How to do it in practice?
The above changes are undoubtedly associated with a higher level of administration. It is recommended to set up the documentation in relation to this topic effectively in advance, in particular to facilitate the process by means of suitably prepared model applications which will be available to employees in order to exercise their legal rights, if necessary.

It is also important not to underestimate the justifications mentioned, which should be based mainly on operational or economic reasons; the employer should be particularly wary of whether the justification “admits” discriminatory or other unlawful conduct.

One of the objectives of the amendment to the Labour Code – to increase the legal certainty of both employees and employers – is reflected both in the new obligations related to the application for parental leave and in the mandatory justifications in the event of refusal of the request of caring employees for flexible adjustment of working time or for restoration of its original scope.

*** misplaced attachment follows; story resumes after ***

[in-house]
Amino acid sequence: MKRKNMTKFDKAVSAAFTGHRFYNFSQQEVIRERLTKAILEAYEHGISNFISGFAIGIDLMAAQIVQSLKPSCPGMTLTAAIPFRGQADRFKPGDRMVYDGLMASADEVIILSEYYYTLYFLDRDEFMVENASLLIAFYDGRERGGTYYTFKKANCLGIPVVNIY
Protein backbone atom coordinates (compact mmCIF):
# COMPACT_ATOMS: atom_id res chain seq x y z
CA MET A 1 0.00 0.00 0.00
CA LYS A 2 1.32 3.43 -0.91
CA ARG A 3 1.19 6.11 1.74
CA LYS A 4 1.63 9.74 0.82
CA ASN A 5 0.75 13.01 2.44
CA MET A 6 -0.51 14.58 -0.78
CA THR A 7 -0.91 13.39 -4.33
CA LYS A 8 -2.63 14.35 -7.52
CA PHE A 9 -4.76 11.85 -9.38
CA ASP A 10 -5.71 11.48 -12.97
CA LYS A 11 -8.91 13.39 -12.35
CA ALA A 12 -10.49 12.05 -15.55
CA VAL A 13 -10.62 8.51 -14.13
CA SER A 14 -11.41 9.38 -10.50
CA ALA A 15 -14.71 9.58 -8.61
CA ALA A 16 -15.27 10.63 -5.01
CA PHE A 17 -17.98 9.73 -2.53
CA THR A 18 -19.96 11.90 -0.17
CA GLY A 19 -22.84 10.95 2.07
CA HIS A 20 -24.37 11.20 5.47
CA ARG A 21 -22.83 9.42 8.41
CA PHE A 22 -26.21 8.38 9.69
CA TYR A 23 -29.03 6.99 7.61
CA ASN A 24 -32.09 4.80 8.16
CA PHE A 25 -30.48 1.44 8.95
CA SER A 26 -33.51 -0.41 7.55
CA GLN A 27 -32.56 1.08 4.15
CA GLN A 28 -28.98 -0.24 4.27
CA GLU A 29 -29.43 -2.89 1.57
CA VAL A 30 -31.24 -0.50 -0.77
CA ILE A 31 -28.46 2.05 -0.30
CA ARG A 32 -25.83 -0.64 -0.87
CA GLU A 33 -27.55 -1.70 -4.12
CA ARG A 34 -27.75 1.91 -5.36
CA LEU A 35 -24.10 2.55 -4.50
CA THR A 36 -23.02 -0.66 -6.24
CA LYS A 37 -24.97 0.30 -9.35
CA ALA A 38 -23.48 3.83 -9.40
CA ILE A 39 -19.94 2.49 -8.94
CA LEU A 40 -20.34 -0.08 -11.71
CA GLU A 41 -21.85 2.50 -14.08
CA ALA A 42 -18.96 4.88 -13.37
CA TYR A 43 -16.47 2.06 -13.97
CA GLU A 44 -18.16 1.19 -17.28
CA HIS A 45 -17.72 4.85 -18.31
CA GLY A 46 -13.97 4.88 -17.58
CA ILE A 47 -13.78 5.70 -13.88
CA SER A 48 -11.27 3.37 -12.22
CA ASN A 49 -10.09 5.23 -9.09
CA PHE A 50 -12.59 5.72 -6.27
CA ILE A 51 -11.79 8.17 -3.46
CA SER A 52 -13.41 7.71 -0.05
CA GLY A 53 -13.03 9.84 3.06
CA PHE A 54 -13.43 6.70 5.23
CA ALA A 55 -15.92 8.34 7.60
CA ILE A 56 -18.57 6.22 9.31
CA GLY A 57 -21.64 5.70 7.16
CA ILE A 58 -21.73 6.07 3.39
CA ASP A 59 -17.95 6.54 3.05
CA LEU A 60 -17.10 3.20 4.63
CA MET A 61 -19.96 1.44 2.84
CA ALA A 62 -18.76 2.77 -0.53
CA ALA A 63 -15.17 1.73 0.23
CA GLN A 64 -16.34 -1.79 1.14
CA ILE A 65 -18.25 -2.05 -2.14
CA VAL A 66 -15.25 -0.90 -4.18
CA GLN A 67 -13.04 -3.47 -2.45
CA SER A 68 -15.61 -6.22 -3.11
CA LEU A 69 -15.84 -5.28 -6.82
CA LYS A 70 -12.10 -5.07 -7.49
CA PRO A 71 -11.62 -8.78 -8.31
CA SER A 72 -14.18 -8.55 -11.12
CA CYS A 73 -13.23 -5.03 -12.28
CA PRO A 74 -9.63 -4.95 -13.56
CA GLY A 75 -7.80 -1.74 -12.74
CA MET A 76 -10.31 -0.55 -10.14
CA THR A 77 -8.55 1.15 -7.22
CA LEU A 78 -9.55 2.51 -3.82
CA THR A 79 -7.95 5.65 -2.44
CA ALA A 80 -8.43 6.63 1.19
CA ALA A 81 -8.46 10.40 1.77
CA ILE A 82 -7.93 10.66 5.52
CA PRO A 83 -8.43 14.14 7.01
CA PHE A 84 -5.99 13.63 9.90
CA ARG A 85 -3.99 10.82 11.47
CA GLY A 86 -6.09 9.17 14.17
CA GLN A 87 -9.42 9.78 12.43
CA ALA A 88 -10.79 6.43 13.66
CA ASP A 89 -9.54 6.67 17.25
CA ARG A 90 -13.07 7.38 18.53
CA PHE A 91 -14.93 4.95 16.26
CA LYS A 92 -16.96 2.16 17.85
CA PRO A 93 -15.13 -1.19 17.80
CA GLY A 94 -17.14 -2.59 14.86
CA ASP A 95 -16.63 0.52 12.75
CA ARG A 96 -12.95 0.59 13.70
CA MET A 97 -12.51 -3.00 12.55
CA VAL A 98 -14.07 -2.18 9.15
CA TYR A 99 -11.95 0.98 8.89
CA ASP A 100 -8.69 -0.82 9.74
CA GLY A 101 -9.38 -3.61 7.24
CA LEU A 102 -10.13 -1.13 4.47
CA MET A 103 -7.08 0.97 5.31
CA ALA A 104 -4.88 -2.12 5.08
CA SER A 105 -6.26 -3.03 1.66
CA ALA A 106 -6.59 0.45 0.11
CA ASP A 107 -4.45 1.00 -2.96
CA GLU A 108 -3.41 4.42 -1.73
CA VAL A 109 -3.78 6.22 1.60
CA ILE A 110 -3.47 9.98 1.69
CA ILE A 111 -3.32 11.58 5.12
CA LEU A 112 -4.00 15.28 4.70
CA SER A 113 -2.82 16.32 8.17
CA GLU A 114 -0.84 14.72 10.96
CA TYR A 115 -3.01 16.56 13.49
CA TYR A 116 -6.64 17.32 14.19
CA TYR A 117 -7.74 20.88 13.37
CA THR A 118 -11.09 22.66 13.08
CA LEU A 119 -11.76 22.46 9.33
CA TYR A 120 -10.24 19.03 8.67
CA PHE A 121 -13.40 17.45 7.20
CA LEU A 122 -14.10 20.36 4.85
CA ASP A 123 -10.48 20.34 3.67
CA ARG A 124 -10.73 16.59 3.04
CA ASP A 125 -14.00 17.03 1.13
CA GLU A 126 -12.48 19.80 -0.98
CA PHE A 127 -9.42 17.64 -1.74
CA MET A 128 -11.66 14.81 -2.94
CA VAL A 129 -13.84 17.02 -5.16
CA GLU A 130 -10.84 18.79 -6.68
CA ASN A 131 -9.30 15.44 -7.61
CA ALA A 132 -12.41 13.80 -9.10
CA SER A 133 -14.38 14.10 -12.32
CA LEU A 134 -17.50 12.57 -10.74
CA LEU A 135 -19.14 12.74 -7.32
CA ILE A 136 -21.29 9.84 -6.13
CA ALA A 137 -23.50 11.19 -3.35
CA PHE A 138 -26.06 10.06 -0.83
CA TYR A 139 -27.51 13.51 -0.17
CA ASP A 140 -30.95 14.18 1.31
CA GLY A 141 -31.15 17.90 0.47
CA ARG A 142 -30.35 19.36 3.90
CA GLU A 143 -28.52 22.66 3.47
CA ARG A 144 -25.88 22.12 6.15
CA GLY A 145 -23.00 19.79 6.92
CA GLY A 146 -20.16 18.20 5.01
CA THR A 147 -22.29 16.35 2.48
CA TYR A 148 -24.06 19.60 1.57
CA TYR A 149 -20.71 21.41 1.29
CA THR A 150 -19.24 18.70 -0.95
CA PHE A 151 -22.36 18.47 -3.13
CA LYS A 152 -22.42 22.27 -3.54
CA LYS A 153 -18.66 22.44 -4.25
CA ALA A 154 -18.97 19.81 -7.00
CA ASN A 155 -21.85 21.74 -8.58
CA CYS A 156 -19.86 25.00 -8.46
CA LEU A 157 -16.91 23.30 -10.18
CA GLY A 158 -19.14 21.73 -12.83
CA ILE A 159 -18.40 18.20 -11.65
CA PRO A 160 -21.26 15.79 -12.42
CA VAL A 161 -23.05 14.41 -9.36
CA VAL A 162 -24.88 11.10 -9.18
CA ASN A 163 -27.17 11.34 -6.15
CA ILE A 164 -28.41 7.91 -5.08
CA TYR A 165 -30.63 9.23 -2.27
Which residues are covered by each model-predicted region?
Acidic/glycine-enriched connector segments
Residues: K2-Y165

Although at first glance these are not major changes that would be in any way risky for employers, it is important to prepare for them properly, especially by preparing the aforementioned standardised internal documentation, not only to speed up the whole process but also to ensure transparent and traceable communication between employees and employers.

Should you have any questions about the amendment to the Labour Code or need assistance with updating your existing employment documentation, please do not hesitate to contact us at any time.

[1] According to Section 196(1) of the Labour Code.

[2] According to Section 196(2) of the Labour Code.

[3] Act No. 407/2023 Coll., an Act amending Act No. 117/1995 Coll., on State Social Support, as amended, Act No. 73/2011 Coll., on the Labour Office of the Czech Republic and on Amendments to Related Acts, as amended, Act No. 111/2006 Coll., on Aid in Material Need, as amended, and some other acts.


Mgr. Kateřina Lansdorfová, junior lawyer – lansdorfova@plegal.cz

Mgr. Radim Šulc, junior lawyer – sulc@plegal.cz

Ráchel Kouklíková, legal assistant – kouklikova@plegal.cz

Mgr. Jakub Málek, managing partner – malek@plegal.cz




2. 2. 2024